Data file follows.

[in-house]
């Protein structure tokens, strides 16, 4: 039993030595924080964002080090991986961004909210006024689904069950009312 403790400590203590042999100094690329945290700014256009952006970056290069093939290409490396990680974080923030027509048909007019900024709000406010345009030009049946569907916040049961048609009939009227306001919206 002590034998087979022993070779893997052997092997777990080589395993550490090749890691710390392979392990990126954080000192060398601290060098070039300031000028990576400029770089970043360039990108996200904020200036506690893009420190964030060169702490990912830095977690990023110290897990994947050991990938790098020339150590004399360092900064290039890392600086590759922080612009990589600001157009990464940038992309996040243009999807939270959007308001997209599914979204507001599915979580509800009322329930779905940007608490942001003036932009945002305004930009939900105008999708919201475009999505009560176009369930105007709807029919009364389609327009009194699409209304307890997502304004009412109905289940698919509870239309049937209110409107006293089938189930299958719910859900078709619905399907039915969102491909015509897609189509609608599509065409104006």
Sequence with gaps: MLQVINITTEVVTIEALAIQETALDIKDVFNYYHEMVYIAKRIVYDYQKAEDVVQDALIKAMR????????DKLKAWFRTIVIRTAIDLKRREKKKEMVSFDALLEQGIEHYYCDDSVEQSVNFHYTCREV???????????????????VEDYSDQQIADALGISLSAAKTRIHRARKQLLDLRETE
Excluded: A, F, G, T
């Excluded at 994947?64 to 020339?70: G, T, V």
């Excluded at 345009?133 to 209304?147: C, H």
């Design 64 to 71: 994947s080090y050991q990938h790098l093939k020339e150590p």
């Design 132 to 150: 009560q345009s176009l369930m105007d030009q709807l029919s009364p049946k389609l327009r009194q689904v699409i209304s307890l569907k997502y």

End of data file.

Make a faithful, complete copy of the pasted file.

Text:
[in-house]
């Protein structure tokens, strides 16, 4: 039993030595924080964002080090991986961004909210006024689904069950009312 403790400590203590042999100094690329945290700014256009952006970056290069093939290409490396990680974080923030027509048909007019900024709000406010345009030009049946569907916040049961048609009939009227306001919206 002590034998087979022993070779893997052997092997777990080589395993550490090749890691710390392979392990990126954080000192060398601290060098070039300031000028990576400029770089970043360039990108996200904020200036506690893009420190964030060169702490990912830095977690990023110290897990994947050991990938790098020339150590004399360092900064290039890392600086590759922080612009990589600001157009990464940038992309996040243009999807939270959007308001997209599914979204507001599915979580509800009322329930779905940007608490942001003036932009945002305004930009939900105008999708919201475009999505009560176009369930105007709807029919009364389609327009009194699409209304307890997502304004009412109905289940698919509870239309049937209110409107006293089938189930299958719910859900078709619905399907039915969102491909015509897609189509609608599509065409104006």
Sequence with gaps: MLQVINITTEVVTIEALAIQETALDIKDVFNYYHEMVYIAKRIVYDYQKAEDVVQDALIKAMR????????DKLKAWFRTIVIRTAIDLKRREKKKEMVSFDALLEQGIEHYYCDDSVEQSVNFHYTCREV???????????????????VEDYSDQQIADALGISLSAAKTRIHRARKQLLDLRETE
Excluded: A, F, G, T
């Excluded at 994947?64 to 020339?70: G, T, V």
């Excluded at 345009?133 to 209304?147: C, H």
């Design 64 to 71: 994947s080090y050991q990938h790098l093939k020339e150590p």
């Design 132 to 150: 009560q345009s176009l369930m105007d030009q709807l029919s009364p049946k389609l327009r009194q689904v699409i209304s307890l569907k997502y």